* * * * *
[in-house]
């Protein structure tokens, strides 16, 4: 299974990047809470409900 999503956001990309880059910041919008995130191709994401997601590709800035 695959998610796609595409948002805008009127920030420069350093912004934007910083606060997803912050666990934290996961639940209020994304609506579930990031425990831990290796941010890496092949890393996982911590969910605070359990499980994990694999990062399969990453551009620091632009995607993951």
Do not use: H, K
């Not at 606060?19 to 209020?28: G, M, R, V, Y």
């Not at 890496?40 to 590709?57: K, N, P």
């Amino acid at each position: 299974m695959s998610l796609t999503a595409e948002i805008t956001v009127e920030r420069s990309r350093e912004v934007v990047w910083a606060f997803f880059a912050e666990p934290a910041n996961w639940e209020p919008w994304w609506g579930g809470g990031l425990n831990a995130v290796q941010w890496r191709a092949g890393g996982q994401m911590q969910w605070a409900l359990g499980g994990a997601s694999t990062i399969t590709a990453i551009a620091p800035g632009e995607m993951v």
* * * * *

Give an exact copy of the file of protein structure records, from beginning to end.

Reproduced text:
[in-house]
């Protein structure tokens, strides 16, 4: 299974990047809470409900 999503956001990309880059910041919008995130191709994401997601590709800035 695959998610796609595409948002805008009127920030420069350093912004934007910083606060997803912050666990934290996961639940209020994304609506579930990031425990831990290796941010890496092949890393996982911590969910605070359990499980994990694999990062399969990453551009620091632009995607993951």
Do not use: H, K
């Not at 606060?19 to 209020?28: G, M, R, V, Y």
């Not at 890496?40 to 590709?57: K, N, P």
């Amino acid at each position: 299974m695959s998610l796609t999503a595409e948002i805008t956001v009127e920030r420069s990309r350093e912004v934007v990047w910083a606060f997803f880059a912050e666990p934290a910041n996961w639940e209020p919008w994304w609506g579930g809470g990031l425990n831990a995130v290796q941010w890496r191709a092949g890393g996982q994401m911590q969910w605070a409900l359990g499980g994990a997601s694999t990062i399969t590709a990453i551009a620091p800035g632009e995607m993951v």